Acropora feeding images. What I have learned/observed 6/16/2011

Discussion in 'SPS Corals' started by Corailline, Dec 19, 2010.

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  1. m2434

    m2434 Giant Squid

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    Of course, I also tell people alleopathic chemicals, in the wild, are to deter predation and surface fowling, not for coral warfare. So, I may just have two heads and they might both be banging each other :lol:
     
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  3. Corailline

    Corailline Super Moderator Staff Member

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    It is a dry heat, yeah right !
    Food for thought, and a whole other can of worms.

    Now see if it's used to deter predation, might it not have some adverse effect on neighboring corals as well? It's the old baby in the bath water for me, yes that maybe it's primary reason for development in some corals, but it may also have a secondary effect, un-intended but with a positive outcome for the corals.
     
  4. Thatgrimguy

    Thatgrimguy Flying Squid

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    I would hope no one could look at these pictures and then try to tell her that she "needs" a skimmer!! Lol.

    Great looking shots and information. Thanks for the post Cora
     
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  5. Corailline

    Corailline Super Moderator Staff Member

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    It is a dry heat, yeah right !
    Thanks. :)

    Skimmers are great, just not on this tank. No doubt behind the science of foam fractionation and it's benefits to a system. I actually have all my old skimmers going back to the early 90's, why I have no clue, but I do. I do however think that not enough people think about everything they are removing from the tank in the way of possible nutritional sources for corals.
     
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  6. m2434

    m2434 Giant Squid

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    Yes, certainly. I said in nature :p

    ;D oh, man I should keep my trap shut. Some topics I just can't resist debating LOL.

    I've always said that it can effect neighboring corals under certain situations. If it's to deter predation though, it's not being released into the water, unless something else is wrong. If it's to prevent surface fouling, some may be sloughing off, but it's not released in mass quantities. And the small amounts will dilute very quickly and seem to be removed easily by carbon, skimming etc... If it's being released in larger quantities, IMO more likely it's a sign the coral is being attacked by protazoa or something and is responding. This may certainly effect other corals, but it's would be energy inefficient response in nature, against other corals, where there is huge currents and water turnover, constantly dissipating it. So, it's unlikely to have adapted for that purpose and I know of no scientific evidence to suggest this.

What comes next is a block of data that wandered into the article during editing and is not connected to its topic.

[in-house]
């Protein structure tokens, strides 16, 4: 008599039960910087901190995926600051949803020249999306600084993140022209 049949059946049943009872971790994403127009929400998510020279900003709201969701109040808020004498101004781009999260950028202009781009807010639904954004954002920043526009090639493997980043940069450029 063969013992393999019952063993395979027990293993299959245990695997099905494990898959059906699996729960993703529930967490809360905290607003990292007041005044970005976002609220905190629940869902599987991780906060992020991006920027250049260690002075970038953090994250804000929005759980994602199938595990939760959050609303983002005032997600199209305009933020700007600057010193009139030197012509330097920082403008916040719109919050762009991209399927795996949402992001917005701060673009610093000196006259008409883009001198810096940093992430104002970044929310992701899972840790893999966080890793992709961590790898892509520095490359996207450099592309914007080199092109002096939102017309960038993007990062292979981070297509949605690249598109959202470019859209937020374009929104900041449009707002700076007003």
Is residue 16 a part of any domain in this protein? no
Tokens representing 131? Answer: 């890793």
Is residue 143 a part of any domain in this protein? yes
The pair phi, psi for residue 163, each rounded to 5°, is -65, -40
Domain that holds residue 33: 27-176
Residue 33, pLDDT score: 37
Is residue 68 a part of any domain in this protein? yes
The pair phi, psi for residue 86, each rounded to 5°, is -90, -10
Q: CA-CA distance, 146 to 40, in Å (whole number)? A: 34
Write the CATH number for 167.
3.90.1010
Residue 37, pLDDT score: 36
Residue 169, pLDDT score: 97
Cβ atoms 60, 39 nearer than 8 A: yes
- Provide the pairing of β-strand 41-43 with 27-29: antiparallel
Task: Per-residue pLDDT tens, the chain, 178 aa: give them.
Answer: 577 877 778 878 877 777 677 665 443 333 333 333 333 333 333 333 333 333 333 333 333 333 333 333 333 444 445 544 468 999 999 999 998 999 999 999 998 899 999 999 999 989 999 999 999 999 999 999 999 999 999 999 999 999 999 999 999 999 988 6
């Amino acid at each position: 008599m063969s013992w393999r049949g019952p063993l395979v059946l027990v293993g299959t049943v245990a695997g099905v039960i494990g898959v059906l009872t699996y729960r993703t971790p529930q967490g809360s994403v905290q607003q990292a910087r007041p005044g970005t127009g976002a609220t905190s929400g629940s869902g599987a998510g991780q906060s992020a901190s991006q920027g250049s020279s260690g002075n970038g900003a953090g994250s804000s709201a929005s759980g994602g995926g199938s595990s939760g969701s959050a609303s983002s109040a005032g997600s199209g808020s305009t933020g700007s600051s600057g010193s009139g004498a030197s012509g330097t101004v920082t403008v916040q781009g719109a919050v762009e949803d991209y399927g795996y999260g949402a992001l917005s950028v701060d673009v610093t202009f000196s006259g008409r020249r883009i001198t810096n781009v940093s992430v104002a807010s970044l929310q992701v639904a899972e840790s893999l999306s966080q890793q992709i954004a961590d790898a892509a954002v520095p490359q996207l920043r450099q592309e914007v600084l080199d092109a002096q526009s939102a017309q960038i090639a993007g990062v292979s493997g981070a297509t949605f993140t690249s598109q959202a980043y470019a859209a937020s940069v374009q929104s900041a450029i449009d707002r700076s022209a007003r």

Even in a tank, with less water turnover, producing enough to effect corals even a few inches away, with good flow and filtration would require huge amounts of energy. It makes more sense to wait until a coral gets closer, then kill it with mesenterial filaments :lol: Certainly there are cases where it can have adverse effects, but these are overcome to a large extent with good flow and filtration. Especially if the corals aren't on top of each other, or directly downflow, with a constant non-random flow etc...
     
  7. Corailline

    Corailline Super Moderator Staff Member

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    It is a dry heat, yeah right !
    Now you know I value your opinion, and a debate it is. Your points makes all the sense in the world to me. ;D
     
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  9. m2434

    m2434 Giant Squid

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    Well, that's not much of a debate ;). J/k

    Mostly it's a semantic argument... However, IMO people are often quick to blame the dreaded "chemical warfare" and in doing so, often seem to overlook other potential and more likely causes. So I like to poke fun at the concept.


    Sent from my iPhone using Tapatalk
     
  10. Magnett2

    Magnett2 Coral Banded Shrimp

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    I saw this last night on an acro an a birdsnest. They were much smaller on the bn. I searched MF on google and yours popped up. I didn't know what it was. At first I thought they were some worm. Anyways, it is bad that I don't see it on the others?
     
  11. Corailline

    Corailline Super Moderator Staff Member

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    It is a dry heat, yeah right !

    For some reason some acropora will go through periods were they do not show a feeding response. I do not know the reason for this but it does not seem to be neither negative or positive. My Tortousa will show a feeding response for months then stop doing so for months.

    Sps like, Stylophora, Pocillopora, BN and Montipora seem to show less of a feeding response.

    The more routinely I feed my sps the quicker the response.